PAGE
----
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Snowpiercer 1: The Escape


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I adore post-apocalyptic science fiction. The fragility of humanity and our selfish inability to step off the path to oblivion for the sake of a few home comforts is fascinating to me, not because I’m some kind of crusading eco-warrior, but because I suspect that, of all sub-genres of speculative fiction, this kind of thing could really happen. Perhaps it comes from being a teenager in the eighties, and living under the constant belief that World War III was always just around the corner.

Anyway, Snowpiercer is set in a typical post-apocalyptic world. We don’t find out what happened in this book, only that something caused the whole planet to fall into a new ice age, entirely covering it in snow. The only pocket of humanity to survive is a group who managed to board a perpetually moving train, which travels round and round the world, endlessly carving its way through the bleak, sub-zero landscape. Originally designed to be a modern Orient Express, the train is a luxury cruise ship, with everything it needs to stay moving for months, including its own food supply and some kind of near-perfectly efficient perpetual motion engine.

In fact, this side of things doesn’t bear the weight of much scrutiny. There are more than a thousand carriages on the train and we can’t begin to think about how much space you’d need to grow food for such an enormous number of people. Suspend your disbelief though – the story is still worth it.

It’s not all luxury, though. During or just after the moment of apocalypse, someone decided they should add more carriages on to the back of the train, so that some poorer people could cram in like cattle to avoid the catastrophe.

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This creates an inevitable class divide between those living in luxury at the front and the ghetto at the back. The front make the rules, control the supplies, and guard it with weapons. The back make a failed attempt at a revolution but are beaten back by their oppressors. And so an unhappy balance is found.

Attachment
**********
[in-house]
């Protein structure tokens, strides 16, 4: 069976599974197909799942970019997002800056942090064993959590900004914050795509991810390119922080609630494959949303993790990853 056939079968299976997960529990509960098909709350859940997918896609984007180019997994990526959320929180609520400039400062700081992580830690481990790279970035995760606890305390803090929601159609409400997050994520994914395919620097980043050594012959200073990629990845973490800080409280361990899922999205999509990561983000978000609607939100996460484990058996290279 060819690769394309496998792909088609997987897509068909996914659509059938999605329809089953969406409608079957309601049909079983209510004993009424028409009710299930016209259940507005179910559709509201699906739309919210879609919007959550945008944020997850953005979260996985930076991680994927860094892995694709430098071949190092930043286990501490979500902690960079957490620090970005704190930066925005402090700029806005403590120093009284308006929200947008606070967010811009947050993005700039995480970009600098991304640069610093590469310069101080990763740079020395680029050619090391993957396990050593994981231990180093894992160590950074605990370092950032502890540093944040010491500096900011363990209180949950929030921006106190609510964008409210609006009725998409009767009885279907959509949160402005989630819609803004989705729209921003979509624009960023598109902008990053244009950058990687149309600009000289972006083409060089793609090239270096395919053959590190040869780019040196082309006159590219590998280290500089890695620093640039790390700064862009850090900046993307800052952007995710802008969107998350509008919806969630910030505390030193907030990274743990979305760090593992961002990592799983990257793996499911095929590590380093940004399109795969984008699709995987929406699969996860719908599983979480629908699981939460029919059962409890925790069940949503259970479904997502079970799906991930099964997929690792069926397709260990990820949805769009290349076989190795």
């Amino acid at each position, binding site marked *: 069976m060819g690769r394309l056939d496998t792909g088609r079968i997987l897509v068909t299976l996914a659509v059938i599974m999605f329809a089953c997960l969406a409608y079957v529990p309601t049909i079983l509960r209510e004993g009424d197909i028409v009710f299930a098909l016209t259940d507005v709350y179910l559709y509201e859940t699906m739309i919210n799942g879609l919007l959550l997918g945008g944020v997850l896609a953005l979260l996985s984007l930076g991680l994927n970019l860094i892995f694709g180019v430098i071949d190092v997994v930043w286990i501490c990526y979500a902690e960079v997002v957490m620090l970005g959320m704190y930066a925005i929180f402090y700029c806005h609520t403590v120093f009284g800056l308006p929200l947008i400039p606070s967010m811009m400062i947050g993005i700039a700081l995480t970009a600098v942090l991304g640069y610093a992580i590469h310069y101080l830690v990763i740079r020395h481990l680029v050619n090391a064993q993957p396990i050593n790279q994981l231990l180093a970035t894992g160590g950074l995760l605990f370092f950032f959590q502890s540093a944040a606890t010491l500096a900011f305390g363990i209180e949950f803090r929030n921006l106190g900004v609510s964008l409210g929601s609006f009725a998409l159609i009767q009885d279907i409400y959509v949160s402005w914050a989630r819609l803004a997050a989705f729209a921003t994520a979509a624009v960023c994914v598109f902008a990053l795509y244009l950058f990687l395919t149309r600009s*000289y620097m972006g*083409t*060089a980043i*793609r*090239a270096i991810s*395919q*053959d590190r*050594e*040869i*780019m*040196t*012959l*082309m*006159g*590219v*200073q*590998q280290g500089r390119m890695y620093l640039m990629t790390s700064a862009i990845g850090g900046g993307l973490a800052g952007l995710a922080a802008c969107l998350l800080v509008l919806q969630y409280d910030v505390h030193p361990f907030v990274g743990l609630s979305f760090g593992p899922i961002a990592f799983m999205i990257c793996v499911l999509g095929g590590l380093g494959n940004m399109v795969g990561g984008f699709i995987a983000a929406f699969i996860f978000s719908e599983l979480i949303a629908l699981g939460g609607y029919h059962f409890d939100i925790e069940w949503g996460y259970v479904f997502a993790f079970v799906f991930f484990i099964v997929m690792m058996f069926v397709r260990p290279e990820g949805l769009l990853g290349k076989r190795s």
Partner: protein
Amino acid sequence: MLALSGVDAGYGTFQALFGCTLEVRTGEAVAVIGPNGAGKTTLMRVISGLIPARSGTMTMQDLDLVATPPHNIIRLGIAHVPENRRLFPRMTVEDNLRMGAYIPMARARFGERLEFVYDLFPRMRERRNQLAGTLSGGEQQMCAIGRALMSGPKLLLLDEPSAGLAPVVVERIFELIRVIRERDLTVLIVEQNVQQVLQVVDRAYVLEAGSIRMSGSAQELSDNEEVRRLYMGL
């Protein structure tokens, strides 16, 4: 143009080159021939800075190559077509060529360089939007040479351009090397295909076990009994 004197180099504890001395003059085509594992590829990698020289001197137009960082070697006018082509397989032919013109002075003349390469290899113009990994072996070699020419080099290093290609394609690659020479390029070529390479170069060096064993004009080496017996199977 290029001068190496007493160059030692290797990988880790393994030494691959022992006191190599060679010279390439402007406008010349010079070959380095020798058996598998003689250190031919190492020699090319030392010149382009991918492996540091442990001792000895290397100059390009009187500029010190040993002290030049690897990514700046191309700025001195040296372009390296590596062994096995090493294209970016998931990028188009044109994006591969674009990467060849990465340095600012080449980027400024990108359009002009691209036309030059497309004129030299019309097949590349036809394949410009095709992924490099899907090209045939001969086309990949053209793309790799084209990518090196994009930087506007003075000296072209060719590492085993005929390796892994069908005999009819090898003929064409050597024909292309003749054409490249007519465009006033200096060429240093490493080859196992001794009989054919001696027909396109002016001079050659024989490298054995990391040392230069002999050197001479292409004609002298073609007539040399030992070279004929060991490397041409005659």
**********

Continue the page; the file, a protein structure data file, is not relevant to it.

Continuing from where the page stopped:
In this first book in the series we follow a character from the back of the train who manages to break through to the front. His journey is the main thrust of the book so we won’t spoil anything, but there are plenty of plot twists and surprises lined up for him.

Despite the unbelievable situation, the story is thoughtful and intelligent, more like an experiment in microcosmic human society than a rip-roaring adventure story, though it has elements of this too. It’s more about the characters than the backdrop and on this level it works remarkably well.

The black and white art is gritty and captures the claustrophobic nature of the train, with its narrow corridors, cattle trucks at the back and private booths at the front.

If you dislike post-apocalyptic stories then this is unlikely to win you over, but the rest of us can sit down and enjoy this book for what it is: an enjoyable if bleak peek through the window of an apocalypse, and what life as a survivor might hold for us all.

Story: 4 Art: 4 Overall: 4

Written by: Jacques Lob
Art by: Jean-Marc Rochette
Publisher: Titan Comics
First published: 2014
Originally published as: Transperceneige

Andy Shaw

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